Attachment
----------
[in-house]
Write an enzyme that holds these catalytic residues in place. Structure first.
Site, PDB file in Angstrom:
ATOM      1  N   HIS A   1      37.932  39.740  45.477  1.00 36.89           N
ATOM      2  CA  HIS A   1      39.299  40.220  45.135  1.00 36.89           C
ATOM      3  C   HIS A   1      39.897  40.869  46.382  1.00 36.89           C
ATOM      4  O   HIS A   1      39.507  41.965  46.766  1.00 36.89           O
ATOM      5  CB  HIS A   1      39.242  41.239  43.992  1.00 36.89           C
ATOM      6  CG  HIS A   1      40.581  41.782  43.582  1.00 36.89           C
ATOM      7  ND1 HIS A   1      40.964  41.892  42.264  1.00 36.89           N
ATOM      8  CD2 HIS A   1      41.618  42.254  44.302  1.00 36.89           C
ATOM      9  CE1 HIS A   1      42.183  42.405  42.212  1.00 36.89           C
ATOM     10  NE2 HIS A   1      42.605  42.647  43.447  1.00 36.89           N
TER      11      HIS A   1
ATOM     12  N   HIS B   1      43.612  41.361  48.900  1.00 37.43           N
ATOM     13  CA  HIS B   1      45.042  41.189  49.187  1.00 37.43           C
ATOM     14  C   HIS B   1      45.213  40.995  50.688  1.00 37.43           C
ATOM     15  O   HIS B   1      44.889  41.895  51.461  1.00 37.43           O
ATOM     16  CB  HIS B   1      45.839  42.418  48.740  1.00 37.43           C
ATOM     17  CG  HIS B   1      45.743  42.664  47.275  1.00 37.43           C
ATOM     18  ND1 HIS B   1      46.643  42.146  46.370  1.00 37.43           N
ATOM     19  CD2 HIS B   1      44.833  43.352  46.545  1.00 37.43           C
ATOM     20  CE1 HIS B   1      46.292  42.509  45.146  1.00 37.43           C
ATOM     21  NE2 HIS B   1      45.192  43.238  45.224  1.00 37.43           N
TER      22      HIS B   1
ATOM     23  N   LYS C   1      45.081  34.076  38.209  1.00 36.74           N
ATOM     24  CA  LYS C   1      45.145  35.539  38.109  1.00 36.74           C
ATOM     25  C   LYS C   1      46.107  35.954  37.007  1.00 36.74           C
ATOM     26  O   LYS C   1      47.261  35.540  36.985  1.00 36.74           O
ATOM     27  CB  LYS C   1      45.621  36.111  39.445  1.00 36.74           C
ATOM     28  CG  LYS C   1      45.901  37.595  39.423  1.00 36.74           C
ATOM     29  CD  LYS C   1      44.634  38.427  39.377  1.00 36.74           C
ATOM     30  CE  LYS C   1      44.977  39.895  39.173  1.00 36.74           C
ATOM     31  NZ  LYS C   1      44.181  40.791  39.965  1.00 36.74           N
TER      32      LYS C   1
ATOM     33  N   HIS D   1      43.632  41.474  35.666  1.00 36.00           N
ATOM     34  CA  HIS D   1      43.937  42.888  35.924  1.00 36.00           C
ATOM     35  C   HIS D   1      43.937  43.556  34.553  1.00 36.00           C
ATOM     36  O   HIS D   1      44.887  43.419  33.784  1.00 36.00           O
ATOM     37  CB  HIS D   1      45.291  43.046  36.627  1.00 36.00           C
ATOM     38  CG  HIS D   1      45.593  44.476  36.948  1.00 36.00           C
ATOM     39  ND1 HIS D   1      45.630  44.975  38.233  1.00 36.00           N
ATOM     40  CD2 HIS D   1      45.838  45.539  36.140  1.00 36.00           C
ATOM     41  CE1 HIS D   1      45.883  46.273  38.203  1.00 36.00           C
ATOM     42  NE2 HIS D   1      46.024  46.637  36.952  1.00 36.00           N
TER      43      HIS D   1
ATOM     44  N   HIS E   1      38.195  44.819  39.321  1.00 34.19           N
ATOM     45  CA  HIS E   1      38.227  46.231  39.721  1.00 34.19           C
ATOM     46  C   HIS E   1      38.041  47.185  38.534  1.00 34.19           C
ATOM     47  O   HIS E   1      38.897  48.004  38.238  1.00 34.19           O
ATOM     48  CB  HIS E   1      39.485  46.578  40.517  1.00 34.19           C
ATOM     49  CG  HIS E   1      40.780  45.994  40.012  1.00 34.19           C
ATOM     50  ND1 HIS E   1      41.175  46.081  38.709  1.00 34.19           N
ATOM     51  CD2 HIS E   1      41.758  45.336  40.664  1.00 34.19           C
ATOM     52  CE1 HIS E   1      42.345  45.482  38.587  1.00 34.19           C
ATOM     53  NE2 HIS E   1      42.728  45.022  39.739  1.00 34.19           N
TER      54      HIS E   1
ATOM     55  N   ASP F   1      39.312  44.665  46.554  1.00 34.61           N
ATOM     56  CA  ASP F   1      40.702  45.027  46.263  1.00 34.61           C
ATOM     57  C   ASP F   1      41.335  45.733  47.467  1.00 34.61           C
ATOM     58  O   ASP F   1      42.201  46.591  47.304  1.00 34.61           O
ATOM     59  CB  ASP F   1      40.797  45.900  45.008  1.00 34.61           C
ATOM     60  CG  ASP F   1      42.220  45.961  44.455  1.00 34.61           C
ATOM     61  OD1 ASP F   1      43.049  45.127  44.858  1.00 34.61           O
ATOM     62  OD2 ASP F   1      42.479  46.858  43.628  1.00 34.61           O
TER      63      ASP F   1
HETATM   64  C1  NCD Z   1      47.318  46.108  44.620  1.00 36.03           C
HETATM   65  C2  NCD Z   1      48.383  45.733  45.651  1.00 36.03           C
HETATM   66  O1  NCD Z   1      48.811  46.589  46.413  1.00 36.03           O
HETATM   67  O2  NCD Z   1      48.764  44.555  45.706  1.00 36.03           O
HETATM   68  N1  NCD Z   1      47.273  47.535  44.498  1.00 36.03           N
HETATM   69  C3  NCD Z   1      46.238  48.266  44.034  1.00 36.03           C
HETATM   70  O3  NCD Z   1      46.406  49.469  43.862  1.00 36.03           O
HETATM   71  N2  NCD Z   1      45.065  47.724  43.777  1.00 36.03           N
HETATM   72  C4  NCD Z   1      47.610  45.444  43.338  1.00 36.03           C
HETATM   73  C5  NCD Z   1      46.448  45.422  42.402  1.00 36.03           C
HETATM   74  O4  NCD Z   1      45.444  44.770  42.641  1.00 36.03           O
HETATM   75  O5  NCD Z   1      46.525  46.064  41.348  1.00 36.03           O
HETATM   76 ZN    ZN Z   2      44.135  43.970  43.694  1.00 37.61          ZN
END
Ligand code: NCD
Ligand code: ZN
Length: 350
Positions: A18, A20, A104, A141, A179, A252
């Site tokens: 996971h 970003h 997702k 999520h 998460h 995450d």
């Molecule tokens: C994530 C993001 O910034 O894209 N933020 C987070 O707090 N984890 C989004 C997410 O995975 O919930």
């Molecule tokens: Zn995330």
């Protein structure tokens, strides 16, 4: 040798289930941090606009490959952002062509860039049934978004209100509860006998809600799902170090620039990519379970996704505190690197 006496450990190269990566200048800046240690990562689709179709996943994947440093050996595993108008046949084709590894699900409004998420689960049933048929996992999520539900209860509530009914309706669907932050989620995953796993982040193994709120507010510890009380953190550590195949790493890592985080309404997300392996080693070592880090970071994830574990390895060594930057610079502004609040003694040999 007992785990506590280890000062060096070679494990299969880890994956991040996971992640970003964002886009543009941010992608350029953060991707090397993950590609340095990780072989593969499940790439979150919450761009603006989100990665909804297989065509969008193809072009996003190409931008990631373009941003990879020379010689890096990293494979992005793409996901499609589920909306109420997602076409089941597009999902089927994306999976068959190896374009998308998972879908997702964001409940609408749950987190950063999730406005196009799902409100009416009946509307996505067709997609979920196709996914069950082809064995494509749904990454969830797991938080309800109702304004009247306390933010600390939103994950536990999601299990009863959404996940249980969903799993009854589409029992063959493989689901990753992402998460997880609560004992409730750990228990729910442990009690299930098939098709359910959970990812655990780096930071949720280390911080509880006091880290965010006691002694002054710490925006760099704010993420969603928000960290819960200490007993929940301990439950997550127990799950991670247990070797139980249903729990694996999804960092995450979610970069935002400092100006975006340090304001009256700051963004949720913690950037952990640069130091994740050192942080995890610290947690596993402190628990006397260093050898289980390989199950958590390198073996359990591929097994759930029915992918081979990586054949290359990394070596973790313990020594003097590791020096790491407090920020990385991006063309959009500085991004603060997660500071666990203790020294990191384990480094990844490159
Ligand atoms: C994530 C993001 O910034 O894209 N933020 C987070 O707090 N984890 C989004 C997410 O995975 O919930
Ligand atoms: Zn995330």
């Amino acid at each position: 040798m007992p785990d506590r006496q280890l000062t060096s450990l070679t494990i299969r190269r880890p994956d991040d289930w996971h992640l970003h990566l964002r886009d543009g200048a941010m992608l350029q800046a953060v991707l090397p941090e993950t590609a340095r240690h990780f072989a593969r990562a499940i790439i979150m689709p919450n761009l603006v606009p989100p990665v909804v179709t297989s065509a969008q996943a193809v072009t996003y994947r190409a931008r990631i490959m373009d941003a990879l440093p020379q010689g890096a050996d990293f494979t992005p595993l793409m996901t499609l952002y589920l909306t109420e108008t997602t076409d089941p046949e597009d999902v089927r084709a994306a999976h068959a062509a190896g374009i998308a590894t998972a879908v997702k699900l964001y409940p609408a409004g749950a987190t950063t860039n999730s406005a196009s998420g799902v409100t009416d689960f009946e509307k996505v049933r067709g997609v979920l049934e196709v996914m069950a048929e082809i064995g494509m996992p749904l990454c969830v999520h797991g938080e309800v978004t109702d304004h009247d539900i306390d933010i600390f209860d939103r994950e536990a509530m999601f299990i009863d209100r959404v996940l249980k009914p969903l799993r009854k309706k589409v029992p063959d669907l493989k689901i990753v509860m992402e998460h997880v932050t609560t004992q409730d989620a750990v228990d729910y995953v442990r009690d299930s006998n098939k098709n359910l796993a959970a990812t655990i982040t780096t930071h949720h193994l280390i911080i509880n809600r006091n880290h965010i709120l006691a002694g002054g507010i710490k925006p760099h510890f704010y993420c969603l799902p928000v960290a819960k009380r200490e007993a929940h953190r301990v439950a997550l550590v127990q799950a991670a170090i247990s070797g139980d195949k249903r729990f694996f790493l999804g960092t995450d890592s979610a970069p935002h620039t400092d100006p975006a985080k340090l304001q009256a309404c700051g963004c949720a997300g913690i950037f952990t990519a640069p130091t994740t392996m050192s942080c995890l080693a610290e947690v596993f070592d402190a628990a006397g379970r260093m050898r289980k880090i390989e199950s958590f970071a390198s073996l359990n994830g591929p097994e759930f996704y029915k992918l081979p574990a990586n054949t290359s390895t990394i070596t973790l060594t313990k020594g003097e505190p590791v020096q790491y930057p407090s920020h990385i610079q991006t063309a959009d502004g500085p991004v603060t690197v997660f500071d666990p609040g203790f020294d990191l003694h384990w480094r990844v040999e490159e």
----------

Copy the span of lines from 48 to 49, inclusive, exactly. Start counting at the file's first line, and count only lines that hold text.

ATOM     45  CA  HIS E   1      38.227  46.231  39.721  1.00 34.19           C
ATOM     46  C   HIS E   1      38.041  47.185  38.534  1.00 34.19           C